When he Inherited the Ottoman Empire in 1465, he found himself at the head of a peaceful, powerful nation, and he showed every intention of keeping it in such a state. Unfortunately for him, the Ottoman Empire was a nation founded on War and Conquest, it would only be a matter of time before th Janissaries turned over their Soup Pots in protest of this peace.
Fortunately for him, they would never need to reach that point, as the Voivode of Wallachia had grown tired of paying Tribute, and foolishly believed they could stand on their own. Abdullah marched out of the Second Rome with the bulk of his Empire's army, marching up into Wallachia where a combined army of Hungary, Wallachia, Moldavia and Serbia waited.
The Battle at Craiova was a slaughter for the Allied forces. Although the Hungarian armies managed to hold off the Ottoman Advance and check Abdullah's Movements, the smaller armies crumpled under the weight of a combined strategy of sweeping raids on the Allied Supply Lines and a few Decisive Battles spread across the land.
The remaining forces of Hungary and Abdullah showed no desire to meet each other, with the former removing itself to Bucaresti and the Latter splitting off small contingents to besiege towns in Southern Serbia and Southern Moldavia, while the main force remained at Craiova and seized the City. Within three years this short war was over, and saw massive territorial losses by Serbia and Moldavia to the Ottoman Empire. Ironically, the war also saw a small territorial gain for Hungary, as the Abdullah had not intention of simply restoring the Vassal State with Wallachia. When confronted with the Ottoman Plan to annex Wallachia, the King of Hungary decided that Wallachia could not be trusted with self government, and seized the area surrounding Bucaresti, leaving the rest of the Voivode to Abdullah.
Fortunately for Hungary, there was not time to pursue another campaign against the Kingdom, especially in its current Refreshed and Powerful state. In the East, a diplomatic slight by the Beylerbey of Dulkadir forced Abdullah to respond in the only way such a fool would understand, through force of arms. This conflict is barely of note, as all that occurred was the Ottoman Empire annexing both Dulkadir and Karaman. This war is of such little note that it hardly even appears in the Ottoman Records.
The Ottoman Empire in 1470 with its gains from the recent Wars
The Next Sultan, Selim I, was hardly of note. Being at least slightly skilled at Military Matters, no more than Abdullah and no Less, and roughly equally skilled in Administration, he was by all accounts a bumbling fool diplomatically. His perennial Stutter did not improve Matters. He did literally nothing of note, unless one were to consider not collapsing one's nation to be of note. Indeed, He is best known for his drunkenness.
His Brother however, Sultan of Sultans Ali I, was by all accounts a brilliant man, skilled in military and administrative matters, where he truly showed his strength was in diplomacy. He was said to have a tongue of such pure silver that he could coerce a person into any course of action. Having been spared from the Ottoman Practice of Fratricide upon succession due to Selim's lack of children, he inherited the empire following the former's abrupt death.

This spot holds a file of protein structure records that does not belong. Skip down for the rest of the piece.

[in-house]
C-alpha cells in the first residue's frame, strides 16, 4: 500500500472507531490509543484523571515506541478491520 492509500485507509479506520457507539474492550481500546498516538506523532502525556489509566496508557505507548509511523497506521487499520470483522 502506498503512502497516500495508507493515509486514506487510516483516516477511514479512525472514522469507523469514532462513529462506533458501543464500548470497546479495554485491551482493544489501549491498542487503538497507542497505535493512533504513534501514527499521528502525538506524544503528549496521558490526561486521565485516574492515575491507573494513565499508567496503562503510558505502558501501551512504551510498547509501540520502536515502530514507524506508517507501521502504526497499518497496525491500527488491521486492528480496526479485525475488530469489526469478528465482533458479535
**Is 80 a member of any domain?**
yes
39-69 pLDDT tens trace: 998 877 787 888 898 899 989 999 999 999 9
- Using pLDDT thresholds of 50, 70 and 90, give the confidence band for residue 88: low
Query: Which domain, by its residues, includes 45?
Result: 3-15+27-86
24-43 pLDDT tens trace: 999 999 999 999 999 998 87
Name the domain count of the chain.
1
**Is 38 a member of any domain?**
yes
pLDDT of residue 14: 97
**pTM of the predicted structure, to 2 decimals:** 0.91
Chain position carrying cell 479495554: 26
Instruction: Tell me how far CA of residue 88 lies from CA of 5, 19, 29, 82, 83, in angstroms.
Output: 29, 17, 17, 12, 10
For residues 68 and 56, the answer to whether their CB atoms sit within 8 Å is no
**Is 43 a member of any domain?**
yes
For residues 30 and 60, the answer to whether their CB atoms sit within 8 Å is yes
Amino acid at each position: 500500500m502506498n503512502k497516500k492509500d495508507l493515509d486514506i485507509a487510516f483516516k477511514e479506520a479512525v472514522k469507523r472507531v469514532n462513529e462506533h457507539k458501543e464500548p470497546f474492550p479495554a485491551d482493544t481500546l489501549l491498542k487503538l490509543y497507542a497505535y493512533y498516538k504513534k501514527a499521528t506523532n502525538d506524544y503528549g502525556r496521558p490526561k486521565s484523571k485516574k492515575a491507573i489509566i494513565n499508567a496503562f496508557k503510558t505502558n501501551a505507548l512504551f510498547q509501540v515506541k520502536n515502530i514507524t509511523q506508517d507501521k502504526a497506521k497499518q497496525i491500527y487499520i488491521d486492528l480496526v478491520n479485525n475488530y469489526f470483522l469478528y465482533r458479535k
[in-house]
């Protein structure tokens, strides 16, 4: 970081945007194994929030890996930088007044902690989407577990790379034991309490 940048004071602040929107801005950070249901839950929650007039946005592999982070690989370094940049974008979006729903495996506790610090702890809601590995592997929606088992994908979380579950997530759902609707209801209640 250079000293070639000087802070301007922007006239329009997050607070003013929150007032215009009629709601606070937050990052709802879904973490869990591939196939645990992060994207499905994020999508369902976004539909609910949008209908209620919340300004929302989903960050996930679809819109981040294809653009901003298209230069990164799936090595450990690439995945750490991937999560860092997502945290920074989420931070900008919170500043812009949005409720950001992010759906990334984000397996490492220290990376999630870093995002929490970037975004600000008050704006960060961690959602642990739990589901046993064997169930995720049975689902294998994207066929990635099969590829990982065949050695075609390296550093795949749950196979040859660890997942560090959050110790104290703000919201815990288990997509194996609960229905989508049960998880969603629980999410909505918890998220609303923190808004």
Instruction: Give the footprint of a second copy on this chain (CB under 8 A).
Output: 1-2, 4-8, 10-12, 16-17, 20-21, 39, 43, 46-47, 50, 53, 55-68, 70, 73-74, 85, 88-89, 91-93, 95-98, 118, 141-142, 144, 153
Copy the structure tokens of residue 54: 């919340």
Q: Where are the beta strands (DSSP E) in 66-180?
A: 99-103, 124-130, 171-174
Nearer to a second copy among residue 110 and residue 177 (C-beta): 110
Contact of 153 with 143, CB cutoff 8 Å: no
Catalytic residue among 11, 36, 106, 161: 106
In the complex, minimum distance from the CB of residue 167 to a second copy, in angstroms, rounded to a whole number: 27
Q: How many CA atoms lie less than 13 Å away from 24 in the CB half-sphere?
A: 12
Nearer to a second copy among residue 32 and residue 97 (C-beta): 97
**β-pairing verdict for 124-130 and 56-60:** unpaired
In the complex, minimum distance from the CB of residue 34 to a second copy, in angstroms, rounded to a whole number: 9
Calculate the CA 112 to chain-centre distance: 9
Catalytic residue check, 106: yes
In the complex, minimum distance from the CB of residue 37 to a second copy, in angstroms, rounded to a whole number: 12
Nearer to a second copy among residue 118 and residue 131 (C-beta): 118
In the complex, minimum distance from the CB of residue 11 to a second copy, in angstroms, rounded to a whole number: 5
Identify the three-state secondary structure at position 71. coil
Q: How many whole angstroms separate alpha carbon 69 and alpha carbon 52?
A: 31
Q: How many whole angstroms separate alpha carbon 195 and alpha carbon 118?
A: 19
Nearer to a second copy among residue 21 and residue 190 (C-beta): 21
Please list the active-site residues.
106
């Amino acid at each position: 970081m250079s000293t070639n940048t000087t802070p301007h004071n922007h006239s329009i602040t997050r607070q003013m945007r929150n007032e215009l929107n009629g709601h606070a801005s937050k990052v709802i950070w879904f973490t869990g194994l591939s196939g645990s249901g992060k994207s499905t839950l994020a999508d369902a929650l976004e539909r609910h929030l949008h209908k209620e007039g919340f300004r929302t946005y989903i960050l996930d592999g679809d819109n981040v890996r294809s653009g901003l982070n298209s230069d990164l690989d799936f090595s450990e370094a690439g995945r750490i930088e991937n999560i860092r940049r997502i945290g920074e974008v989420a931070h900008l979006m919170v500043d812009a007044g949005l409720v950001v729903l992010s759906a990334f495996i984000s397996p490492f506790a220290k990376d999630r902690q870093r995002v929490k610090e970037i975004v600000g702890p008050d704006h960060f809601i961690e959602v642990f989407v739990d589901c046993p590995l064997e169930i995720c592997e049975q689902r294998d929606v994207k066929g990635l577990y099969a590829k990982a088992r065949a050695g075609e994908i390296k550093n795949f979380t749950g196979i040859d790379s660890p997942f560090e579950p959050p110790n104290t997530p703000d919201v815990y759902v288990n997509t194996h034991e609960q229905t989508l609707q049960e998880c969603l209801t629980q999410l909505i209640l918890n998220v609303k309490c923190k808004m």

Crowned in 1492, while Castille was discovering new lands, Ali charged his forces into Greece, taking great swathes of land from Morea and annexing the Crusader state of Athens. His diplomatic clout prevented those around him from finding cause to invade, and the conquest went almost completely unopposed.
So skilled was he at diplomacy that, when an initial attempt on the Island Fortress of Rhodes failed, he turned further west and managed to win an almost bloodless war with the Mamluk Dynasty of Egypt, seizing almost all of Syria down into the the Holy Land. At this point, it was a simple matter to claim the title of Caliph, and so Ali added yet more titles to his already impressive portfolio.
A Brief war with Moldavia saw the remains of the state annexed, however this war is notable only in that no other states intervened. Neither Hungary nor Poland honored the calls of Moldavia, being both too intimidated by the Rapidly Growing power of the ottoman Turks.
Ali's Last act of Foreign Import was to attack the small Balkan Alliance of Bosnia, Montenegro, and Ragus, taking much of the formers territory and annexing the latter two entirely.
The Empire at 1503, following the Conquests of Ali I
However the above is a grave misrepresentation of Ali's accomplishments. During his reign his diplomatic prowess saw the Ottoman Divan multiply in size, with a massive new Governmental Complex constructed solely for his nobles livelihood and usage. The Conspiracies of his court are legend in this age, comparable only to the Inner Politics of the German Senate or Eastern Roman Court. Yet through all of this, Ali sailed with such ease that his name has become synonymous with Manipulator in the modern Turkish Lands. He projected Ottoman Power even across the Mediterranean Sea, and was the first Ottoman Sultan to pay attention to Algiers, what would one day become one of the Empire's greatest assets, even if for only an admittedly brief time.